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Living with Dolly Parton

Asking difficult questions often comes at a cost.
AP Photo/Peter Cosgrove

In her recent book Dolly Parton, Gender, and Country Music, Leigh H. Edwards examines Dolly Parton’s complicated and transgressive gender performance. Leigh explains that Parton combines “two opposing stereotypes,” the “‘pure’ mountain girl with ‘poor white trash, hillbilly hooker.” Dolly Parton’s gender performance is important; it’s been liberating and inspirational for many.

But her true genius is in how she has created multiple personas at once so that her fans can choose one that slips easily into their own stories and desires. She’s embraced by feminists and queer folks at the same time she is declared a queen by Confederate apologists. Dolly-as-mountain-girl anchors her to an ancestral white home in the imaginations of white people, while her class-conscious and gender-transgressive performance of whiteness becomes a signifier for white progressives who embrace gender fluidity and working-class iconolatry. She exhibits worldliness at the same she cloaks herself in the symbols of white nationalism.

Dolly Parton has built her empire on and with the debris of old, racist amusements and wrapped it in working-class signifiers and feminist politics. I ignored that fact for a long time because it didn’t fit the script of the feminist, working-class heroine I had conjured. But I also ignored how others’ attachment to Dolly is exactly because of her embrace of Dixie and her complex celebration of whiteness. And I have ignored how whiteness clings.

I have ridden many times the Dollywood Express, originally “Rebel Railroad.” In 1961, a family incorporated a locomotive — abandoned by a logging company — into an attraction that eventually became one of the centerpieces of Dollywood. During the original amusement, actors pretending to be federal troops raided the train and, according to the Tennessee Encyclopedia of Culture and History, children were encouraged “to bring weapons and help fight off marauding Yankees.” When I was a child on the Dollywood Express, what did they ask me to do and to pretend?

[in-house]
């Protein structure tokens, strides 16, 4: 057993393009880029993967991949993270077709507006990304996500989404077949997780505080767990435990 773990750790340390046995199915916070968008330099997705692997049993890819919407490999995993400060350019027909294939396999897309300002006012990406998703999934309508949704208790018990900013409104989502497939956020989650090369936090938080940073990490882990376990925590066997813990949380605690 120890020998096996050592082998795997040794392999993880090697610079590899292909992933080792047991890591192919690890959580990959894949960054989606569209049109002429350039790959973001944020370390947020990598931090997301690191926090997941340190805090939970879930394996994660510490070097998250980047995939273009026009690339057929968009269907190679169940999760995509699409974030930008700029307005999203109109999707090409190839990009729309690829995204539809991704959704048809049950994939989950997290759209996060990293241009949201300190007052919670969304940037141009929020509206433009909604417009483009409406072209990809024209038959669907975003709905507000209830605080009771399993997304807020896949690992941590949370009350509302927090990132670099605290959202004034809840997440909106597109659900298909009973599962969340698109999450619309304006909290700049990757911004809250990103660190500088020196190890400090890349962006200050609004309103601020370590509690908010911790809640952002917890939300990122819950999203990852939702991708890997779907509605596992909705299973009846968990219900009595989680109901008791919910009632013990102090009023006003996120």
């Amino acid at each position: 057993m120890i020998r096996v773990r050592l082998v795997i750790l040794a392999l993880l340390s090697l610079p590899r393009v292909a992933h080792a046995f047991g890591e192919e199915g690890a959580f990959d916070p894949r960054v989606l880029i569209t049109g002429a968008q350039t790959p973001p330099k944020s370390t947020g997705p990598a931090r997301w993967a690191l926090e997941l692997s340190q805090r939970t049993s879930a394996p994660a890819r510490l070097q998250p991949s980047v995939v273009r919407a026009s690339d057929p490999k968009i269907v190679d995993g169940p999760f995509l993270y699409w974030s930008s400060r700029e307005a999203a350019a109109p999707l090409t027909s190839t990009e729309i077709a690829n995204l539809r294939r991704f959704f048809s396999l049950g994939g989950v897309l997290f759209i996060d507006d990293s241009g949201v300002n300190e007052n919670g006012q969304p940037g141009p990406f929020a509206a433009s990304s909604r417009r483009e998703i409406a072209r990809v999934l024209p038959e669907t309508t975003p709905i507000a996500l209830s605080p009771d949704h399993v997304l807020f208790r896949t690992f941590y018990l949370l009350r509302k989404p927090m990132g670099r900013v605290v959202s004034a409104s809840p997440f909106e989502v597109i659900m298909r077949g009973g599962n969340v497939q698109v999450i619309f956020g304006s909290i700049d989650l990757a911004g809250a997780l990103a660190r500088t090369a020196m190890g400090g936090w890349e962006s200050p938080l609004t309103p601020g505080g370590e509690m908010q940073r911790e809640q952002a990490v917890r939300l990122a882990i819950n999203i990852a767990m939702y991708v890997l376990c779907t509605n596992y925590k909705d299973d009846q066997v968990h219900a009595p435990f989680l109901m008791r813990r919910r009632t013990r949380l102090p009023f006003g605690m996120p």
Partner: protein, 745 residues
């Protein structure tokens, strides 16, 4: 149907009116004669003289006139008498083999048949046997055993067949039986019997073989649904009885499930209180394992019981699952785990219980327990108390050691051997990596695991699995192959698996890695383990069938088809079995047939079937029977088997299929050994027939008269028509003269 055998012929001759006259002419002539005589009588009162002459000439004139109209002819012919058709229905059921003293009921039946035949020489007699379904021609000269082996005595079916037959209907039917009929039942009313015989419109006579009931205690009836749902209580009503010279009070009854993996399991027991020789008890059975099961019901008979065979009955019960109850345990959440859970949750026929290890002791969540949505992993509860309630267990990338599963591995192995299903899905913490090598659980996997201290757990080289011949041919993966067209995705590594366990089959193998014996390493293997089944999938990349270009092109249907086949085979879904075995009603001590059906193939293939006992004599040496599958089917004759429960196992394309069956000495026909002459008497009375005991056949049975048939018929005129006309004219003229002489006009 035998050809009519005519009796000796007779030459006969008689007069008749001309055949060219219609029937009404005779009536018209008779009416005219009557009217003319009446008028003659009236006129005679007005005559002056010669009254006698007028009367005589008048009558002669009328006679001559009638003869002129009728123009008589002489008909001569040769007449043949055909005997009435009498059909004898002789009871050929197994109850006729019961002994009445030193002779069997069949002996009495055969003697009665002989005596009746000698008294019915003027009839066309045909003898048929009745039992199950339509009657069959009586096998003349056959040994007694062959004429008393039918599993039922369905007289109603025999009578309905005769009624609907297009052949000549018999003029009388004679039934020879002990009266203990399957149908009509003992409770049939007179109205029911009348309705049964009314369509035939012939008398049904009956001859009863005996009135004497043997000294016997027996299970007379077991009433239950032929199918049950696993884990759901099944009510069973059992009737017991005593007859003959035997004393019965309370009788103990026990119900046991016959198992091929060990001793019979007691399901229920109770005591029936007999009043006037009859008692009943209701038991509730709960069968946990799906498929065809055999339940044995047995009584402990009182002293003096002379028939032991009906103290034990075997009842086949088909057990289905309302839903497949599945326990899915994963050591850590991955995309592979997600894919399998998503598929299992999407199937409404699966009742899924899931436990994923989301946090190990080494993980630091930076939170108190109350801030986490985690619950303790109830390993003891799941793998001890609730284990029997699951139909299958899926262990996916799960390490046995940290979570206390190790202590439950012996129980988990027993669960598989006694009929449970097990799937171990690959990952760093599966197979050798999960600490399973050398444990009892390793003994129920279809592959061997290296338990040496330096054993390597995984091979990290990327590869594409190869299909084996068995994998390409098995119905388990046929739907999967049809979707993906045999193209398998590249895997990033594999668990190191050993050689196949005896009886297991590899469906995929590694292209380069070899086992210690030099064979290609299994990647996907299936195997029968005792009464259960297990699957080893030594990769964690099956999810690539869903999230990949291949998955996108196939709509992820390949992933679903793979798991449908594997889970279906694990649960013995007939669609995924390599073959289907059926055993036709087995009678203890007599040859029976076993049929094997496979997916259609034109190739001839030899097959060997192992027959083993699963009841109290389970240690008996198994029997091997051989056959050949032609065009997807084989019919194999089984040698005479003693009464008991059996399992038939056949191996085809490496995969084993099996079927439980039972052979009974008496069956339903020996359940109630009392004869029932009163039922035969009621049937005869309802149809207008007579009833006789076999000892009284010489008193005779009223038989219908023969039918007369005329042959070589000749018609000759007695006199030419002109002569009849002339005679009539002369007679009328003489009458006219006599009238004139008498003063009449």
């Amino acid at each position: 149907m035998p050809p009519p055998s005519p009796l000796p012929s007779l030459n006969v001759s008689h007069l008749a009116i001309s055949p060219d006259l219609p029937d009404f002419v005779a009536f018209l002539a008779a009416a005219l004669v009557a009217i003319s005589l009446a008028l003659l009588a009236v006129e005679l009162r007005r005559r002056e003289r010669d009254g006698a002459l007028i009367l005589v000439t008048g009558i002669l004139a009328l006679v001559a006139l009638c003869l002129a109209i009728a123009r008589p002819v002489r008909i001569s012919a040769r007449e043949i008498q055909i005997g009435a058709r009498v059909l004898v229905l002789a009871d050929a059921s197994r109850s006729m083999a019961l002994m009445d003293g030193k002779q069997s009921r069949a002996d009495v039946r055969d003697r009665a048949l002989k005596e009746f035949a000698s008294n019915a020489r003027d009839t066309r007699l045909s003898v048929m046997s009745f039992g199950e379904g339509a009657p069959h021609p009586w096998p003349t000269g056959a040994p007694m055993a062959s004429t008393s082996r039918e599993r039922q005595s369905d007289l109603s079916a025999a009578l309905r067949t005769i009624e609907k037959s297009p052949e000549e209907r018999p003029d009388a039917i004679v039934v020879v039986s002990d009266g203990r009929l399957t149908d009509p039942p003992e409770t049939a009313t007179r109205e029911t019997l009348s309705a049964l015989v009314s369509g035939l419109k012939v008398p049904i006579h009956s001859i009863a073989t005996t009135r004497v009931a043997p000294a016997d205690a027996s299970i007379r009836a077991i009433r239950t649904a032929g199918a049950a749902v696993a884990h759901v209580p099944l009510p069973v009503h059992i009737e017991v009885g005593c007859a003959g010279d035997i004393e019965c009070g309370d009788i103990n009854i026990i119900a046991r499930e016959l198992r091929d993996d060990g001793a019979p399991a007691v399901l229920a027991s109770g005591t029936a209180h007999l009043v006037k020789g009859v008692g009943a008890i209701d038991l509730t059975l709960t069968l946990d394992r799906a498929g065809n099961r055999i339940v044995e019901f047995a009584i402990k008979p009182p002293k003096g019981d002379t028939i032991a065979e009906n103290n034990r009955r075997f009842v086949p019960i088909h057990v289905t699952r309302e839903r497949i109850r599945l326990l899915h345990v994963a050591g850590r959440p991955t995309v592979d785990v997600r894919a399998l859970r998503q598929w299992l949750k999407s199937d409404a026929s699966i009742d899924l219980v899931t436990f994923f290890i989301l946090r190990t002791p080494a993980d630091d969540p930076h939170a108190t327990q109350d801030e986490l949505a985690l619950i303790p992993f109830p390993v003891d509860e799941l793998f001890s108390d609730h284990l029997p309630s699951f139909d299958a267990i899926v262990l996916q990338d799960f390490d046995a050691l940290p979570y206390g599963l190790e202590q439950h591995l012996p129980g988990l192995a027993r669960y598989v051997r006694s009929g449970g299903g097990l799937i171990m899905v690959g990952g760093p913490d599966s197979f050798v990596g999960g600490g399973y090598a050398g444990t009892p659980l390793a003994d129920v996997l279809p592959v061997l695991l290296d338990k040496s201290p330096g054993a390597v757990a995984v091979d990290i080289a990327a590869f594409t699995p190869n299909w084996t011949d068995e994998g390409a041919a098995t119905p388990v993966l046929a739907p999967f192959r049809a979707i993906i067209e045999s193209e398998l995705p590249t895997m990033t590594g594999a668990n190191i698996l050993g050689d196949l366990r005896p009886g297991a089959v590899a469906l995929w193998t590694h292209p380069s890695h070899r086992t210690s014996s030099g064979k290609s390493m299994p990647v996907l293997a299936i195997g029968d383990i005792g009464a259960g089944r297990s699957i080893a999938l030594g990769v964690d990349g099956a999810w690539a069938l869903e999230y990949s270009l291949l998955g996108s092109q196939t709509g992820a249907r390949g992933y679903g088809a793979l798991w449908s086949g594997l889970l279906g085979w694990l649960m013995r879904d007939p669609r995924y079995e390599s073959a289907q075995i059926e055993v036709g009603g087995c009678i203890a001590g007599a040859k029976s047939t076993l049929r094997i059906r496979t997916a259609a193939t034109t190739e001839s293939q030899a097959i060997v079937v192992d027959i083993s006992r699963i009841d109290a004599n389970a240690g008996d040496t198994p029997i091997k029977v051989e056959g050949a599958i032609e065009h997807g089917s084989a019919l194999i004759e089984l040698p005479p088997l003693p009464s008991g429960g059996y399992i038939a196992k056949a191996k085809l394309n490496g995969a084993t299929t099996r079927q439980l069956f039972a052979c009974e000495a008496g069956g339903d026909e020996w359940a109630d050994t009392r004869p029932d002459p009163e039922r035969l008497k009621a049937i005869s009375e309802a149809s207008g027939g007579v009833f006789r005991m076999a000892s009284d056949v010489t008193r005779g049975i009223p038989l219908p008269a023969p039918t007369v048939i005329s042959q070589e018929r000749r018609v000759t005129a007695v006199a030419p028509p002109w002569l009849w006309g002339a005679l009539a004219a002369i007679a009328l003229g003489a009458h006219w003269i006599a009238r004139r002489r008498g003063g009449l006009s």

In the 1970s a company bought the train and built new rides to create an Old West theme, but a few years later Herschend Family Entertainment acquired the park and Silver Dollar City was born. Their park traded Dixie for the old-timey Mountain South of grist mills, woodworking, and log cabins, but everybody knows how the two images can fold into each other.

Dolly Parton’s mythical story-songs of a mountain childhood and her witty and glitzy hillbilly performance were the secret ingredient to Dollywood’s success and expansion — an expansion that requires the ecological demise of the mountains, that gobbles up tons of water, land, and bodies in order to simulate a white Appalachian past of real hillbillies that Americans love.